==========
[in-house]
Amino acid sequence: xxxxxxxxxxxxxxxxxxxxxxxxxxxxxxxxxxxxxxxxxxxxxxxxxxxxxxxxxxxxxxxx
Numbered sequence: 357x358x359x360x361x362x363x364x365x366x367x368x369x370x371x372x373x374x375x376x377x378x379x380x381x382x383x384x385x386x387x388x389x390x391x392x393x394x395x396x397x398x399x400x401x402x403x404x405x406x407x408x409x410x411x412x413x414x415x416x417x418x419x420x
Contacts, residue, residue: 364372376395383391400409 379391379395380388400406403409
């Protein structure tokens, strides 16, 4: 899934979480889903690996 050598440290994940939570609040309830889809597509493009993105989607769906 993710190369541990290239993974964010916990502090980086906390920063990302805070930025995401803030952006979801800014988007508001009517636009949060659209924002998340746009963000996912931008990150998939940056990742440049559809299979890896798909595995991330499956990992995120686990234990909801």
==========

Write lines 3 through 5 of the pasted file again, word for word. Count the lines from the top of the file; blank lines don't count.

Numbered sequence: 357x358x359x360x361x362x363x364x365x366x367x368x369x370x371x372x373x374x375x376x377x378x379x380x381x382x383x384x385x386x387x388x389x390x391x392x393x394x395x396x397x398x399x400x401x402x403x404x405x406x407x408x409x410x411x412x413x414x415x416x417x418x419x420x
Contacts, residue, residue: 364372376395383391400409 379391379395380388400406403409
């Protein structure tokens, strides 16, 4: 899934979480889903690996 050598440290994940939570609040309830889809597509493009993105989607769906 993710190369541990290239993974964010916990502090980086906390920063990302805070930025995401803030952006979801800014988007508001009517636009949060659209924002998340746009963000996912931008990150998939940056990742440049559809299979890896798909595995991330499956990992995120686990234990909801």